4 Habits to Build Career Confidence
We talk about the big word “career” very often during our college journey. But what is the real meaning behind the word? Without assessing what we mean by “career” and how we get there, the pressure of the future can overwhelm us.
I am currently taking a course facilitated by Kristin Eicholtz and Melanie Vallone called 140 Career Exploration. In this course, we clearly define a career as “a long-term goal of an individual.”
If you are a current undergraduate student, chances are you have not yet reached your goal. You are probably preparing for your career by pursuing your major, staying involved in extracurricular activities, and gaining experience through work or internships. This sort of preparation plays an important role in kick-starting your career, but your attitude along the way is also imperative to achieving that long-term goal!
Here are 4 habits to develop as a student in order to build “career confidence” that will help you take the next steps after graduation:
If you feel prepared, you will definitely have more confidence as you embark on your career journey. So be proactive! Look at the situation that is presented to you and learn how to respond appropriately. It is especially important to be proactive during this season of economic distress and hiring freezes. Assess what the proper steps are to finding a job or internship. Perhaps you can consider applying for remote full-time positions as well as on-site to expand your career possibilities. Also, ensure that your resume is as perfect as possible and practice your interviewing skills. Knowing how to job search according to your needs will help you be more confident in deciding which career you would like to pursue.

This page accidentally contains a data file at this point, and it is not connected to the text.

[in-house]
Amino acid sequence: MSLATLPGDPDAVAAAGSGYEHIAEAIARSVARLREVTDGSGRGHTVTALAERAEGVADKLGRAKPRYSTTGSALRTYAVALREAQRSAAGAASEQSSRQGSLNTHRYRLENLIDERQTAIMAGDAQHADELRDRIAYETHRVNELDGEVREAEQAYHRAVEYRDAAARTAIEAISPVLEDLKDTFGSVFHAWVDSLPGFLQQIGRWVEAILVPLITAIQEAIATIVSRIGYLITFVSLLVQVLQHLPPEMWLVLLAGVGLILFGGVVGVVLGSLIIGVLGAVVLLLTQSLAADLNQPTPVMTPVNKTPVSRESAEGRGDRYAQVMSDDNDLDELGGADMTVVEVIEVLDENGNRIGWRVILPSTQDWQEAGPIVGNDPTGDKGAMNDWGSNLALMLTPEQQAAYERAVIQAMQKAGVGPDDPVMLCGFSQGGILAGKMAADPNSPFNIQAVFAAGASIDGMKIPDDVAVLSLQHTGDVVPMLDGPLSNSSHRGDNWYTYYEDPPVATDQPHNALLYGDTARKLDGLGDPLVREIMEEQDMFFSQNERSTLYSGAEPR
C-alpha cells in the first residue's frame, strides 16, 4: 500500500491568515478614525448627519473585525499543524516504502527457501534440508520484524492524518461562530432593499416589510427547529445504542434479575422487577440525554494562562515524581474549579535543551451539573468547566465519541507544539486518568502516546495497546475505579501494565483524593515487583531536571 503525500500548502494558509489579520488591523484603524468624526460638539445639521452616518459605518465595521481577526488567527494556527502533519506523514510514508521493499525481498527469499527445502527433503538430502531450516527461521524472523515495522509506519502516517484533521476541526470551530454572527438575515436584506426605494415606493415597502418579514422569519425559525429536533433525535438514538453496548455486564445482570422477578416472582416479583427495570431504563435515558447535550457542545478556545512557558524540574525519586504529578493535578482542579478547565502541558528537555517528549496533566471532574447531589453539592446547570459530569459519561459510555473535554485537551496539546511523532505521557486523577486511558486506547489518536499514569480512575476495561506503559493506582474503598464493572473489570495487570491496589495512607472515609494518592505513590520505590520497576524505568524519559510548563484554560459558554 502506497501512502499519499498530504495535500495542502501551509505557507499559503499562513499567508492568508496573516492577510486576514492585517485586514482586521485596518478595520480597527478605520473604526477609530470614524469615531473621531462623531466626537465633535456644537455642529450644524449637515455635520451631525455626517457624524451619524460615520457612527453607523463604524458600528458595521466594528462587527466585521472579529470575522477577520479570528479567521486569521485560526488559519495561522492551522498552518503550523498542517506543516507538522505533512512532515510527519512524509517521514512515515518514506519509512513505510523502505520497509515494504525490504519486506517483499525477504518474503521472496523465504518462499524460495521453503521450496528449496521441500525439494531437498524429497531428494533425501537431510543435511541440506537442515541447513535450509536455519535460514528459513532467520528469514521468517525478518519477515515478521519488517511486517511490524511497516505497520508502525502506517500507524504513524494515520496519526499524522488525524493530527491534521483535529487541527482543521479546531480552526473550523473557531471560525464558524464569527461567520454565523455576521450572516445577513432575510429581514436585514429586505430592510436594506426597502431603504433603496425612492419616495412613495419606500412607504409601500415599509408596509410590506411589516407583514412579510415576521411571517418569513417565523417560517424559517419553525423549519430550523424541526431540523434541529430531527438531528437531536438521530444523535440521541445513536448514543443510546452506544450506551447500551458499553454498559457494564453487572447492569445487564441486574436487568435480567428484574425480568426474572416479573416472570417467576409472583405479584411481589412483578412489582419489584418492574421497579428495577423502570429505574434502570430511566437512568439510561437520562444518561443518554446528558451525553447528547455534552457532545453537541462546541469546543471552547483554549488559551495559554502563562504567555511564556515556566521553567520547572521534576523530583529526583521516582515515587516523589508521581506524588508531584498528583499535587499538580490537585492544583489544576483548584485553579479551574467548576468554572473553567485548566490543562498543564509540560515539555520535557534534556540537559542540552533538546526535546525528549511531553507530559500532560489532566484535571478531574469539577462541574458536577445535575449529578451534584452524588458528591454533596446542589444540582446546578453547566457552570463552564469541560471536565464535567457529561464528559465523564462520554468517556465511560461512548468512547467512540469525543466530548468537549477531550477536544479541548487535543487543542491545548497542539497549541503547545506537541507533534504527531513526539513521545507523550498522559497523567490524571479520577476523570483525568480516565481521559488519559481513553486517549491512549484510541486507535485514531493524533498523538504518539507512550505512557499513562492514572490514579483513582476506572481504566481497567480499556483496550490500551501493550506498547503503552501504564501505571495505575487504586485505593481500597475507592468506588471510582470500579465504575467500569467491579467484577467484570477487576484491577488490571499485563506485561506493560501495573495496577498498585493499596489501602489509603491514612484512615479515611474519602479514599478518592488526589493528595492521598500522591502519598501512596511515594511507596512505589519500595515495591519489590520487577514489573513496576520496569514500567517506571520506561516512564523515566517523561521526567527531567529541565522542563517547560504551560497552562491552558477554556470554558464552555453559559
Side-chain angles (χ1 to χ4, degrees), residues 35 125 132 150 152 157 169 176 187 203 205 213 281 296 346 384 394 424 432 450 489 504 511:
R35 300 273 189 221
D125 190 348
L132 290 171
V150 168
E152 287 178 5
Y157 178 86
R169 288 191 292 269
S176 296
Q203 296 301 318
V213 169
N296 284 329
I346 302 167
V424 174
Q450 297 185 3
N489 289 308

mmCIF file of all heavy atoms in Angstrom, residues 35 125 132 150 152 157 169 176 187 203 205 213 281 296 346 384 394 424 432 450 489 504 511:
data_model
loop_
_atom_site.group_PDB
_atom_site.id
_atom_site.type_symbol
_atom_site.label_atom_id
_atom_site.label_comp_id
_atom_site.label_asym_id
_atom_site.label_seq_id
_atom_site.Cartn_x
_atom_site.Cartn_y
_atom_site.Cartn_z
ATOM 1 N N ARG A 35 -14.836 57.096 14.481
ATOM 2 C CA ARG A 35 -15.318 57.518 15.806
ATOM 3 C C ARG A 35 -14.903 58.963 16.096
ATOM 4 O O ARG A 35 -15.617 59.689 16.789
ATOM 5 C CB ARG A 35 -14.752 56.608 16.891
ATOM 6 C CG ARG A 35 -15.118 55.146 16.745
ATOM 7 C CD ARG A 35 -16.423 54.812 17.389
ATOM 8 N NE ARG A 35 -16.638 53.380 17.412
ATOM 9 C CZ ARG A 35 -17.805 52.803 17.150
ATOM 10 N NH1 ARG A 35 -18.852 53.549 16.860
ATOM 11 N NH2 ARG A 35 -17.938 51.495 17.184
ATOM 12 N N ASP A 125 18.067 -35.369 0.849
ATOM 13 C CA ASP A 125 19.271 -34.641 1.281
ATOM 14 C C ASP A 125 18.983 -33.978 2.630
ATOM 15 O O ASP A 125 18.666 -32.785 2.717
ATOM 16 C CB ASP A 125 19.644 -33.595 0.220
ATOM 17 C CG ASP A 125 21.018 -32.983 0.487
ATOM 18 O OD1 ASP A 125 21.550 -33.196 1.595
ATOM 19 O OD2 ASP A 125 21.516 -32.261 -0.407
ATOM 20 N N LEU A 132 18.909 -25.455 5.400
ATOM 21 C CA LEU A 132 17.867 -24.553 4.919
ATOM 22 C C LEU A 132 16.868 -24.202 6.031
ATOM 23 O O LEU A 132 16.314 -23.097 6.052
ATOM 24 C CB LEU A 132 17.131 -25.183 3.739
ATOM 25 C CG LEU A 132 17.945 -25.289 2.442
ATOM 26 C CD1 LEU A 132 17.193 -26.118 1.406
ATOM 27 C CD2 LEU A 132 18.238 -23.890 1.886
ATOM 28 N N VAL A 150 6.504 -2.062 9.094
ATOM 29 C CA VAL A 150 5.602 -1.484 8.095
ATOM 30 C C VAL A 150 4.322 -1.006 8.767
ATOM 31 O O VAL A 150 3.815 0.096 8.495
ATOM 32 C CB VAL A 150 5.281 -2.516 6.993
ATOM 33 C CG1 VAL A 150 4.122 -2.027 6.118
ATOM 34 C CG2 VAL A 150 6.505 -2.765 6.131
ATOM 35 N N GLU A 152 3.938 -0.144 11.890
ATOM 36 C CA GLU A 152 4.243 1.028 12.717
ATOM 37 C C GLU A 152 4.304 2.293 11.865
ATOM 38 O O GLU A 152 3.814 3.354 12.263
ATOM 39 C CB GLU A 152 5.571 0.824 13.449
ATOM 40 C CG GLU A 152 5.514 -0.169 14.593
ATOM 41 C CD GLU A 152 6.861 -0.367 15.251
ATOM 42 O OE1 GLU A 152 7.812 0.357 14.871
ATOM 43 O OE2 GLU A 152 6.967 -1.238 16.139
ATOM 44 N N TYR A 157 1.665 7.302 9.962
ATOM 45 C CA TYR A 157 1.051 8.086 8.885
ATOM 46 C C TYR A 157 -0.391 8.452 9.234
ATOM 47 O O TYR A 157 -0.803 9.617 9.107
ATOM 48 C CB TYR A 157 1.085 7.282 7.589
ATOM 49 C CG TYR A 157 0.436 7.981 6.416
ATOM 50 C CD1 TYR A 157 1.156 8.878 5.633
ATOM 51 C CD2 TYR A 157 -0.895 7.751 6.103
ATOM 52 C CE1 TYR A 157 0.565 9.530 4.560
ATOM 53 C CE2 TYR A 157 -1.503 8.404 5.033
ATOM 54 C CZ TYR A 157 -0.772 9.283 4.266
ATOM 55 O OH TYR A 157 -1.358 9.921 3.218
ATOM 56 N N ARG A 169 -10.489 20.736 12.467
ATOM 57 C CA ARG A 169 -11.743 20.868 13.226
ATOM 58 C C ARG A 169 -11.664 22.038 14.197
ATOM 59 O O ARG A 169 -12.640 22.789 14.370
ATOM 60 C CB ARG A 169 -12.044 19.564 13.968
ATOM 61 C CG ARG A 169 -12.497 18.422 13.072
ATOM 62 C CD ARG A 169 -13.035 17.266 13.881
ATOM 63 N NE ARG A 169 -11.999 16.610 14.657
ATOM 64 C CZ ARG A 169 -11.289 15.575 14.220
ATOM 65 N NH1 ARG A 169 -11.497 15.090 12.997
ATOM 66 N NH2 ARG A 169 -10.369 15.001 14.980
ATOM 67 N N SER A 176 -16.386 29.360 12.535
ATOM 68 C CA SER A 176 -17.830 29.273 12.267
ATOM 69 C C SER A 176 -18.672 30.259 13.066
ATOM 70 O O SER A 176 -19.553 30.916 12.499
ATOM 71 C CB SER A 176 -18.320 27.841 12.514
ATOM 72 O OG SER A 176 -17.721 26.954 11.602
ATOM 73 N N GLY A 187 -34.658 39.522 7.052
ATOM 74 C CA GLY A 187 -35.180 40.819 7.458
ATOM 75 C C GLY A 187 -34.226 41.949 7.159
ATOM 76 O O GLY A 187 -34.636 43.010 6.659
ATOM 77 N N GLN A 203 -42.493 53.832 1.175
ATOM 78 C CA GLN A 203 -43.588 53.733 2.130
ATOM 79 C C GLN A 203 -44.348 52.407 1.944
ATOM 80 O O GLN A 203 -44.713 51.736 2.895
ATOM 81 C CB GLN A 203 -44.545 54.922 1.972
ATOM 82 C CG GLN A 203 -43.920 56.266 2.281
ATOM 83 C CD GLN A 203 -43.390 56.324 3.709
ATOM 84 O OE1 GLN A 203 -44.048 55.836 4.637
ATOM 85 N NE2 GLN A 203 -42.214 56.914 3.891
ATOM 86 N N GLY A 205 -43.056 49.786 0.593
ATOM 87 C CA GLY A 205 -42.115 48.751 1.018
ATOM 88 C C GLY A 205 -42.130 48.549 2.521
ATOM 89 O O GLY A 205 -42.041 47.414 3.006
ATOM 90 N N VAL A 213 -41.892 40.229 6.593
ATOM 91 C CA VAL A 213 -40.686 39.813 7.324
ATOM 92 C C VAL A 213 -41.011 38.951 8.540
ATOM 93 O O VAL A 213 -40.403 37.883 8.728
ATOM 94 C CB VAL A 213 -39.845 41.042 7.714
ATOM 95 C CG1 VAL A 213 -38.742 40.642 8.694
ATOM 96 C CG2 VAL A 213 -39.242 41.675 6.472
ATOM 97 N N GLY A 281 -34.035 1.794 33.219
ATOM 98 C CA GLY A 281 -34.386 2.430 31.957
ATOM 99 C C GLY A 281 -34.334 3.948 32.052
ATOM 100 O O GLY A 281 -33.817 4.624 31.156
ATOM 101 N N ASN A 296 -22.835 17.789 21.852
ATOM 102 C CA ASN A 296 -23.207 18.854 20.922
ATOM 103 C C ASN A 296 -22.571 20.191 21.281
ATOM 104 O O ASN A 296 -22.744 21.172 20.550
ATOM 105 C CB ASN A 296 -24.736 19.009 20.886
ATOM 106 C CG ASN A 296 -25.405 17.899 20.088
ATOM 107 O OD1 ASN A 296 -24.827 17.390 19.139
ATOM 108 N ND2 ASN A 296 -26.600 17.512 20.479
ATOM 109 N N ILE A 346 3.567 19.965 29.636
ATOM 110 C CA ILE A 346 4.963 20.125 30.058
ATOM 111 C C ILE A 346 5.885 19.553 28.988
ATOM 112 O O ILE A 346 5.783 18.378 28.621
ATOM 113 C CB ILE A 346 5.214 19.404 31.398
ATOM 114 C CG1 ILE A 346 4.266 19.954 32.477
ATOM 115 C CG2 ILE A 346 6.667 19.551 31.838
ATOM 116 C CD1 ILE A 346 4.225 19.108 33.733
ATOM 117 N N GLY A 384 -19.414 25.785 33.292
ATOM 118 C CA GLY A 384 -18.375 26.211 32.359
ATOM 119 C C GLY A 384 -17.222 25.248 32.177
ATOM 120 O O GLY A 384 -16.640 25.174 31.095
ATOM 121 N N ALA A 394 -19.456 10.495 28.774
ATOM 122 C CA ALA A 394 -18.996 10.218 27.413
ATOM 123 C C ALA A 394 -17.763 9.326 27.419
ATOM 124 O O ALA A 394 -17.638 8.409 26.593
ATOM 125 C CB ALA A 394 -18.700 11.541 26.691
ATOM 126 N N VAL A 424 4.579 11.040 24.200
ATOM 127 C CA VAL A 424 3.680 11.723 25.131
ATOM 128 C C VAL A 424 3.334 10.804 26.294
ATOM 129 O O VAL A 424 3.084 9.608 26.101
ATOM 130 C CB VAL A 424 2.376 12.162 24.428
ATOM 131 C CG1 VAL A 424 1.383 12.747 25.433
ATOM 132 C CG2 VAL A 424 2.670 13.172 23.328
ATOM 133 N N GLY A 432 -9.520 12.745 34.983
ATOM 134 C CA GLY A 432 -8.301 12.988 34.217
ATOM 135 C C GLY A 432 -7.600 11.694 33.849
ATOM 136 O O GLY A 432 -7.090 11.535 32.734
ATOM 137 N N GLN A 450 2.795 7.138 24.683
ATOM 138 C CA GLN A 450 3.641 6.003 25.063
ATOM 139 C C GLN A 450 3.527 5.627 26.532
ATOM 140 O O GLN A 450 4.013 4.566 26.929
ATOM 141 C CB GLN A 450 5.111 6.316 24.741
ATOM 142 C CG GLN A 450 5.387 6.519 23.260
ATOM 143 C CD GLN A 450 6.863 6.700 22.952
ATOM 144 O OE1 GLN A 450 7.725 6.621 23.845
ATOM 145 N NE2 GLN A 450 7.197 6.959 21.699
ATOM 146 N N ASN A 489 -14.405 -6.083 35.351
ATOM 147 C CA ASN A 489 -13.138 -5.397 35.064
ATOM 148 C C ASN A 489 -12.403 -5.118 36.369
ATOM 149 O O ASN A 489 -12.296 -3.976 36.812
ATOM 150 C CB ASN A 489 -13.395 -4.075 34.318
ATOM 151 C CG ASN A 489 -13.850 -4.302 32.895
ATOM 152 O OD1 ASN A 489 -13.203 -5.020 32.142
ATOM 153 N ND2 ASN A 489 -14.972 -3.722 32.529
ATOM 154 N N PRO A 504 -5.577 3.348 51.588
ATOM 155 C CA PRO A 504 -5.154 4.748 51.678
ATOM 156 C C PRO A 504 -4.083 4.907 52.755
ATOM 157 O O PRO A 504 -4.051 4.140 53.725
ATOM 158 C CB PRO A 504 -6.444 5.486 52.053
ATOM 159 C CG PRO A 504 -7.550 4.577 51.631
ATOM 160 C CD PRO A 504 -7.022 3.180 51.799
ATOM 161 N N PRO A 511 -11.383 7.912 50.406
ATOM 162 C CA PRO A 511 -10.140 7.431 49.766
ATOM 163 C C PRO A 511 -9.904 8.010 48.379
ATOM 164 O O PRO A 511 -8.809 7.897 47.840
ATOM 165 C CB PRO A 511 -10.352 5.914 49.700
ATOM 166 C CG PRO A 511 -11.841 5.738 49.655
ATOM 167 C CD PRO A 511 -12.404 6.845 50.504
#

Look the Part
I am a big believer in “look good, feel good, do good”. Begin paying attention to your appearance and note what is appropriate in the field that you are going into. I do not advocate for blending in, but I do respect the market’s value on appearance. Find what makes your look unique! This is a big factor in a good first impression. You can discover your “professional look” that makes you look the part and feel confident.
Learning how to build relationships will boost your career confidence immensely. When you’ve formed a connection, you know that somebody has got your back! Get into the habit of learning about other professionals in your field of interest. There are executives, established artists, entrepreneurs, medical personnel, and other professionals that can give you advice on how to begin your career. Most people are willing to share the lessons and mindset that got them to where they are. I would recommend having a goal to meet a new professional once a month. You can reach out to them on LinkedIn, find a DSU Mentor, or ask your professor to connect them to you.
Finally, the most important part of developing career confidence is putting in the inner-work. With that inner-work comes the habit of being vulnerable with yourself. You are graduating with one or two majors. One diploma. Four or more years of career preparation. Now what? Take the time to look within and define what value you can bring to the workplace, what assets you have to begin your career, and what the next steps look like to pave your way. Knowing who you are and what you want will have you confidently creating those steps towards your goal and opening those career doors to your bright future.